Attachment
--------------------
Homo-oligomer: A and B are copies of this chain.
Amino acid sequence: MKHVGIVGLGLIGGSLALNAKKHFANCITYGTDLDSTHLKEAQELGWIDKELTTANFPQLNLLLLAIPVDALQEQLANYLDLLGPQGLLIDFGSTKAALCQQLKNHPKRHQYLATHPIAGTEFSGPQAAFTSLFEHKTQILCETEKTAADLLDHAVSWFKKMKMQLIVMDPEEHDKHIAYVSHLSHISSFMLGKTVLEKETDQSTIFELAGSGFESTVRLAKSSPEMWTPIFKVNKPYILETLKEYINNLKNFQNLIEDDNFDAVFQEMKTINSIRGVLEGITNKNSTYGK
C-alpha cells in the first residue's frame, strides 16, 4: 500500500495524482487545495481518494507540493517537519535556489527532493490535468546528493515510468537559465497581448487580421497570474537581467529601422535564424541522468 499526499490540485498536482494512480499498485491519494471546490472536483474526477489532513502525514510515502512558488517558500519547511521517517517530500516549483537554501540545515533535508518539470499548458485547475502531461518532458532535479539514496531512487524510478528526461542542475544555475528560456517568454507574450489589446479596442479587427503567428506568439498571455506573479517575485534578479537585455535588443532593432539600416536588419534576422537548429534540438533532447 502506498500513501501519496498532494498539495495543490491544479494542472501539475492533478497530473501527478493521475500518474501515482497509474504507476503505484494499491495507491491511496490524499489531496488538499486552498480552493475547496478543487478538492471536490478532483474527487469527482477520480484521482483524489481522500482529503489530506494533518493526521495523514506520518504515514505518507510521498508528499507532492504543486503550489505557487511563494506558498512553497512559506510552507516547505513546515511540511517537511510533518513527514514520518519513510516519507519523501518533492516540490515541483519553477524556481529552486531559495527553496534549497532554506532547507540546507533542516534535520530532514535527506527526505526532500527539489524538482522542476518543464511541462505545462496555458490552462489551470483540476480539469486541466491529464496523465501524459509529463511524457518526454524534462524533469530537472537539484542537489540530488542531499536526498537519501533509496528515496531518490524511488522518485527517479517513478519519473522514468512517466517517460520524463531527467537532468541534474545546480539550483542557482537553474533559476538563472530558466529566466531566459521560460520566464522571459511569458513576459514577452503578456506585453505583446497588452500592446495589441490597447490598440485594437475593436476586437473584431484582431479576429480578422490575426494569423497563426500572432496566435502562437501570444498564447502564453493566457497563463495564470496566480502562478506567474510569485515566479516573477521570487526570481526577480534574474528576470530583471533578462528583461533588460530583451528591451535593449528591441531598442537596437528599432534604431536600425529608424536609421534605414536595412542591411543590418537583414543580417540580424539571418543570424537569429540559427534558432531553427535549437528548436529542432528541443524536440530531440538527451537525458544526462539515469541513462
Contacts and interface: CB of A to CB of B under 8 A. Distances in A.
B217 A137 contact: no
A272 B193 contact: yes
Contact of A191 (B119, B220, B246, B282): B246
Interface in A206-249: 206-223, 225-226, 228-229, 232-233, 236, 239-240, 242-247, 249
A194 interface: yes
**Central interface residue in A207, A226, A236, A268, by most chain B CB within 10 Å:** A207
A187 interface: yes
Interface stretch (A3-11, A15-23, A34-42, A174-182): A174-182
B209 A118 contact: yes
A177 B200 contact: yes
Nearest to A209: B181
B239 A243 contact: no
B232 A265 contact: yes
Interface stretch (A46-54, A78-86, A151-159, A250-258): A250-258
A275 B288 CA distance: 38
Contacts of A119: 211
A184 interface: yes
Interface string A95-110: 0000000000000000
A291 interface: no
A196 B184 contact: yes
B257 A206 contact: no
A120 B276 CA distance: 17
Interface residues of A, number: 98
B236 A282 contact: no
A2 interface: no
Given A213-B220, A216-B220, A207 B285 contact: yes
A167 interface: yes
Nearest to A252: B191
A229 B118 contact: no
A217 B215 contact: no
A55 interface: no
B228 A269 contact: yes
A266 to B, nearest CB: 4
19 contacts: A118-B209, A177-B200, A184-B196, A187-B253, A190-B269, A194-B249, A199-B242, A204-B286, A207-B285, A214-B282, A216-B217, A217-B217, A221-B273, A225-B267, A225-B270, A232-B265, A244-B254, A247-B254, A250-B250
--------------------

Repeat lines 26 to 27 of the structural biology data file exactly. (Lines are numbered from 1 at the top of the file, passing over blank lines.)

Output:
A120 B276 CA distance: 17
Interface residues of A, number: 98